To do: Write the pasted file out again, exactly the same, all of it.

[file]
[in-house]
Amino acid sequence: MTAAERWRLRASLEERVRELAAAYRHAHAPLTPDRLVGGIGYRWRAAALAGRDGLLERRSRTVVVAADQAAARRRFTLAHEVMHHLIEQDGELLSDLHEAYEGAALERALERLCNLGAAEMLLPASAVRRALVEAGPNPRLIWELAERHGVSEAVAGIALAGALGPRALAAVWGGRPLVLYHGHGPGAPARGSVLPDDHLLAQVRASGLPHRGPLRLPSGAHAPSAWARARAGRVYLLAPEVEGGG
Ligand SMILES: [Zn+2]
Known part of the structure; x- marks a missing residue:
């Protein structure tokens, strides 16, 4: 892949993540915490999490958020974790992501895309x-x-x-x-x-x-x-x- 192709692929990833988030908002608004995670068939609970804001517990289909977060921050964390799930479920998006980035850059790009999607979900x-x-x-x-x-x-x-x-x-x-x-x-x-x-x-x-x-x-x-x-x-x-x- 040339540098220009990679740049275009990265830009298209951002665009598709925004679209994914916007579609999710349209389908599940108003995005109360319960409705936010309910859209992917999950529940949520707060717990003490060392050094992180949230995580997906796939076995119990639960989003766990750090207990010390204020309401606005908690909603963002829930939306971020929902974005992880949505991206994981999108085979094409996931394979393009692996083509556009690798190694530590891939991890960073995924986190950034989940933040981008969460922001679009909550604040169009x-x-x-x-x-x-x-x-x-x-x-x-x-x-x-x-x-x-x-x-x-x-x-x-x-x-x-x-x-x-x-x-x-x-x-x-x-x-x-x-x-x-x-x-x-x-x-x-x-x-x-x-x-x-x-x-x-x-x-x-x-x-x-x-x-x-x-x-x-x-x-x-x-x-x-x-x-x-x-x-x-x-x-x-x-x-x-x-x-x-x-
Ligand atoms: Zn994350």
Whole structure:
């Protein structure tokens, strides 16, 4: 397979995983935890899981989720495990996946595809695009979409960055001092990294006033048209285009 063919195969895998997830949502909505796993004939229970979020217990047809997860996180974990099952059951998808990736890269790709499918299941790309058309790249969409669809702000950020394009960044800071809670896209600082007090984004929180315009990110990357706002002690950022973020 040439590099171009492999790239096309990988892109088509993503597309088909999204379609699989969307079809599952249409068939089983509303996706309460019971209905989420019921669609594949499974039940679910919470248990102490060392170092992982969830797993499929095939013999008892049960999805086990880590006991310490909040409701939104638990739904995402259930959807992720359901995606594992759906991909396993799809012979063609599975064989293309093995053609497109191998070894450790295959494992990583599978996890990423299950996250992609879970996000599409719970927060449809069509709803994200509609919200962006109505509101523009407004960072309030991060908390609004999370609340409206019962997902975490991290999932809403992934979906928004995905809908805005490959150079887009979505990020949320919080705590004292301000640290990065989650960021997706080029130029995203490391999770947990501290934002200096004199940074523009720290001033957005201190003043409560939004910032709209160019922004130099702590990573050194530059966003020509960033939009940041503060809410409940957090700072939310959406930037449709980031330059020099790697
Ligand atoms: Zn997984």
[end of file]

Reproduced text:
[in-house]
Amino acid sequence: MTAAERWRLRASLEERVRELAAAYRHAHAPLTPDRLVGGIGYRWRAAALAGRDGLLERRSRTVVVAADQAAARRRFTLAHEVMHHLIEQDGELLSDLHEAYEGAALERALERLCNLGAAEMLLPASAVRRALVEAGPNPRLIWELAERHGVSEAVAGIALAGALGPRALAAVWGGRPLVLYHGHGPGAPARGSVLPDDHLLAQVRASGLPHRGPLRLPSGAHAPSAWARARAGRVYLLAPEVEGGG
Ligand SMILES: [Zn+2]
Known part of the structure; x- marks a missing residue:
């Protein structure tokens, strides 16, 4: 892949993540915490999490958020974790992501895309x-x-x-x-x-x-x-x- 192709692929990833988030908002608004995670068939609970804001517990289909977060921050964390799930479920998006980035850059790009999607979900x-x-x-x-x-x-x-x-x-x-x-x-x-x-x-x-x-x-x-x-x-x-x- 040339540098220009990679740049275009990265830009298209951002665009598709925004679209994914916007579609999710349209389908599940108003995005109360319960409705936010309910859209992917999950529940949520707060717990003490060392050094992180949230995580997906796939076995119990639960989003766990750090207990010390204020309401606005908690909603963002829930939306971020929902974005992880949505991206994981999108085979094409996931394979393009692996083509556009690798190694530590891939991890960073995924986190950034989940933040981008969460922001679009909550604040169009x-x-x-x-x-x-x-x-x-x-x-x-x-x-x-x-x-x-x-x-x-x-x-x-x-x-x-x-x-x-x-x-x-x-x-x-x-x-x-x-x-x-x-x-x-x-x-x-x-x-x-x-x-x-x-x-x-x-x-x-x-x-x-x-x-x-x-x-x-x-x-x-x-x-x-x-x-x-x-x-x-x-x-x-x-x-x-x-x-x-x-
Ligand atoms: Zn994350």
Whole structure:
């Protein structure tokens, strides 16, 4: 397979995983935890899981989720495990996946595809695009979409960055001092990294006033048209285009 063919195969895998997830949502909505796993004939229970979020217990047809997860996180974990099952059951998808990736890269790709499918299941790309058309790249969409669809702000950020394009960044800071809670896209600082007090984004929180315009990110990357706002002690950022973020 040439590099171009492999790239096309990988892109088509993503597309088909999204379609699989969307079809599952249409068939089983509303996706309460019971209905989420019921669609594949499974039940679910919470248990102490060392170092992982969830797993499929095939013999008892049960999805086990880590006991310490909040409701939104638990739904995402259930959807992720359901995606594992759906991909396993799809012979063609599975064989293309093995053609497109191998070894450790295959494992990583599978996890990423299950996250992609879970996000599409719970927060449809069509709803994200509609919200962006109505509101523009407004960072309030991060908390609004999370609340409206019962997902975490991290999932809403992934979906928004995905809908805005490959150079887009979505990020949320919080705590004292301000640290990065989650960021997706080029130029995203490391999770947990501290934002200096004199940074523009720290001033957005201190003043409560939004910032709209160019922004130099702590990573050194530059966003020509960033939009940041503060809410409940957090700072939310959406930037449709980031330059020099790697
Ligand atoms: Zn997984």